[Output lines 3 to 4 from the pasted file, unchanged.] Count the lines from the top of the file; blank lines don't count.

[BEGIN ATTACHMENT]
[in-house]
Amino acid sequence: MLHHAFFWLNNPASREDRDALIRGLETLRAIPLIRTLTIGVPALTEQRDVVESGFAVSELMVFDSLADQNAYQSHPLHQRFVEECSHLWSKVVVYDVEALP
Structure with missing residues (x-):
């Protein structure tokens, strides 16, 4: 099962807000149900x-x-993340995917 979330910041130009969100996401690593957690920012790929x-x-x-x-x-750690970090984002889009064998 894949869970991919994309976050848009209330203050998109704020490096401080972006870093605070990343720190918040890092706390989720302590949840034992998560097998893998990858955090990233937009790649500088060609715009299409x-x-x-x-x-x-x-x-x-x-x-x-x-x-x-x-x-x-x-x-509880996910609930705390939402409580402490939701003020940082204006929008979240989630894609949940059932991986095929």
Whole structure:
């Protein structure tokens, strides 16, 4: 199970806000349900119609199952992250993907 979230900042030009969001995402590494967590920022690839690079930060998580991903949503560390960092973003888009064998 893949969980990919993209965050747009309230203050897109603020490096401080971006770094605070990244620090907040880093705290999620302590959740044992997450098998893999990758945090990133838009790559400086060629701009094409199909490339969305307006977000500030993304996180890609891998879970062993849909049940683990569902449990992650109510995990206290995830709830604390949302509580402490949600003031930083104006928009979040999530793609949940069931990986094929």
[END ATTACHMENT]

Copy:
Structure with missing residues (x-):
């Protein structure tokens, strides 16, 4: 099962807000149900x-x-993340995917 979330910041130009969100996401690593957690920012790929x-x-x-x-x-750690970090984002889009064998 894949869970991919994309976050848009209330203050998109704020490096401080972006870093605070990343720190918040890092706390989720302590949840034992998560097998893998990858955090990233937009790649500088060609715009299409x-x-x-x-x-x-x-x-x-x-x-x-x-x-x-x-x-x-x-x-509880996910609930705390939402409580402490939701003020940082204006929008979240989630894609949940059932991986095929």